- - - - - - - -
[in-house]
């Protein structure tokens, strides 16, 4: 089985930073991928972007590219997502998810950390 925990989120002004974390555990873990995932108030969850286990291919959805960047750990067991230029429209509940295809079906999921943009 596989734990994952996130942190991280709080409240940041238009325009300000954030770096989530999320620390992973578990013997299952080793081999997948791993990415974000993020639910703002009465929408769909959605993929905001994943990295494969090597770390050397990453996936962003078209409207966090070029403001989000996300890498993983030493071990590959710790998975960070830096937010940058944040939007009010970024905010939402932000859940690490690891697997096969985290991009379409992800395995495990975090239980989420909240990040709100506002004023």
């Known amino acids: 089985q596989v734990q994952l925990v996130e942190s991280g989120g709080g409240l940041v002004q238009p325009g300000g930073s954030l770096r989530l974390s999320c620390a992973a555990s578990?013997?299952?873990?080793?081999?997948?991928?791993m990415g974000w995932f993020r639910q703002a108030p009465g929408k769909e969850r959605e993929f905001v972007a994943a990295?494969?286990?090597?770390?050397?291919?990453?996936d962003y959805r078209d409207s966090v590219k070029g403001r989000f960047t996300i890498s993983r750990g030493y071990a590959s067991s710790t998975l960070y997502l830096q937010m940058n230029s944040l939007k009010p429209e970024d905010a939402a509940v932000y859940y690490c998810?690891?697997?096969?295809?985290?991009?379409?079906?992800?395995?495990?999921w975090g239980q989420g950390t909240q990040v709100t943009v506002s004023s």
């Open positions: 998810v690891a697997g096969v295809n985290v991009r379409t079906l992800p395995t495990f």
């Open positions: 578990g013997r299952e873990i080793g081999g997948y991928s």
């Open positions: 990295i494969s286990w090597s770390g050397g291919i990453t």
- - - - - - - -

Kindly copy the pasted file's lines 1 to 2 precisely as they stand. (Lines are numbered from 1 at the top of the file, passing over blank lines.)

[in-house]
């Protein structure tokens, strides 16, 4: 089985930073991928972007590219997502998810950390 925990989120002004974390555990873990995932108030969850286990291919959805960047750990067991230029429209509940295809079906999921943009 596989734990994952996130942190991280709080409240940041238009325009300000954030770096989530999320620390992973578990013997299952080793081999997948791993990415974000993020639910703002009465929408769909959605993929905001994943990295494969090597770390050397990453996936962003078209409207966090070029403001989000996300890498993983030493071990590959710790998975960070830096937010940058944040939007009010970024905010939402932000859940690490690891697997096969985290991009379409992800395995495990975090239980989420909240990040709100506002004023």